Working with labour pain
Most people will agree that labour will be very uncomfortable and hardwork. Some women will feel they need something to help with the discomfort earlier than others although this doesn’t have to be administered – there are other options you can use yourself, for example going for a walk, having a bath, resting, keeping relaxed and carrying on with things to distract you. Work with your body, the discomfort is your muscles work hard and your baby moving down, try not to fight it – if you tense up for each contraction it will hurt more.
Try to think labour pain as a positive pain – the message is that your baby is ready to be born and your body is working as it should. Surround yourself with people who are positive about having babies: mums who have supportive birth partners, a good relationship with their midwife and perhaps another supporter such as a doula, will find they feel more positive about the pain they experience.
How do hormones help you in labour? Find out here.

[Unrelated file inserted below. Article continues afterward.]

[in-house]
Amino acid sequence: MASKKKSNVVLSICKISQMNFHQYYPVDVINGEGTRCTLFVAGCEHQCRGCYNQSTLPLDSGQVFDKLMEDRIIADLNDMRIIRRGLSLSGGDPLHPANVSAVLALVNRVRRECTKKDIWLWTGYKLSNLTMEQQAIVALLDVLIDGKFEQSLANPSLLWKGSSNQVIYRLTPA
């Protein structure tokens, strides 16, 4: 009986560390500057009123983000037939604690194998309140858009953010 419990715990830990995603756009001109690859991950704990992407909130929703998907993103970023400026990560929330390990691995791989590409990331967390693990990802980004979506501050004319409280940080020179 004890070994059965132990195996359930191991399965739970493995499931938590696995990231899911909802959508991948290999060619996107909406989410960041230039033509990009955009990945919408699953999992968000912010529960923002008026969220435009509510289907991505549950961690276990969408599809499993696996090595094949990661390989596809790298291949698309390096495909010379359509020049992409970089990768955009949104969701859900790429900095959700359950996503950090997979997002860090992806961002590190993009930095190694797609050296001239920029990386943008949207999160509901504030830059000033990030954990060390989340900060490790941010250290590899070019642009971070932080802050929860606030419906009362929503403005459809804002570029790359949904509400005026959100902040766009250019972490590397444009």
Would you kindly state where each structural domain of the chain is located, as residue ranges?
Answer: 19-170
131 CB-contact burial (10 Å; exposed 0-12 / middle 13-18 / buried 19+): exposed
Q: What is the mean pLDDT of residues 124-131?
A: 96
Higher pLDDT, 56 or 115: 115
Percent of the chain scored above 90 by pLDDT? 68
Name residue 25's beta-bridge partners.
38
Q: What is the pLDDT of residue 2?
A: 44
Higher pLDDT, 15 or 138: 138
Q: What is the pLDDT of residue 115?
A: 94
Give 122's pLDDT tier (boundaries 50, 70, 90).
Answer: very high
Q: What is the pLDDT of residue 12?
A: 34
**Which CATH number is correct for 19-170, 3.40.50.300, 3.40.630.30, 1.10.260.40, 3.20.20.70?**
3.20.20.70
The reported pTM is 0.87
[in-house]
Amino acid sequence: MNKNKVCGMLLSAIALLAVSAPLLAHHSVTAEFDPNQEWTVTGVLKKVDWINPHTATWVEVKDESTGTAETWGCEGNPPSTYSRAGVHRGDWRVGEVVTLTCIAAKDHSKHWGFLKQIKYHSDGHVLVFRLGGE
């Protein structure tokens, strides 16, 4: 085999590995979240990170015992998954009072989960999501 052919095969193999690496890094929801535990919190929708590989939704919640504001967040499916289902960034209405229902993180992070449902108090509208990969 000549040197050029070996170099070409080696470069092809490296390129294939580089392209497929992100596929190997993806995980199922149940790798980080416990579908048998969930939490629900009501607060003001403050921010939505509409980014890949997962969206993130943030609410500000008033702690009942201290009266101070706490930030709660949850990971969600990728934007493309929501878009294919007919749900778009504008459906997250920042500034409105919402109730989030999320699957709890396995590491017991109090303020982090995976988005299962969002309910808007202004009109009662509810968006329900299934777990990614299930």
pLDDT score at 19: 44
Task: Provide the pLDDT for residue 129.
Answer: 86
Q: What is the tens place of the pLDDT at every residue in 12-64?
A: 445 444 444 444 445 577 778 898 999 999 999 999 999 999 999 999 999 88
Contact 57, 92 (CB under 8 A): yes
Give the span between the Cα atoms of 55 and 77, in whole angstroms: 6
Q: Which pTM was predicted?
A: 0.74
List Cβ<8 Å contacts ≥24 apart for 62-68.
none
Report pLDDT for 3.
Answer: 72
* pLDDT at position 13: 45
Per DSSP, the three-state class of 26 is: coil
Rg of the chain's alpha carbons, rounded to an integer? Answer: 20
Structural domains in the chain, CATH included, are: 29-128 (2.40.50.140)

The positions you use during labour are important. Choosing a position which keeps you upright will help your baby to be born and your labour to be shorter and less painful. You could try squatting, being on all fours, kneeling, leaning on a birth partner or sitting on a birth stool. Practice different positions during pregnancy with your birth partner so that you are familiar with them once you are in labour. Check out this printable leaflet here and download and print them off if you want to.
How does using different postions in labour help? watch this video
Where you choose to have your baby will affect the choices of pain relief available. For example, gas & air can be used wherever you have your baby but an epidural would only be an option within the consultant led unit at Lancashire Womens and Newborn Centre, Burnley.
What are my options for pain relief in labour? have a look here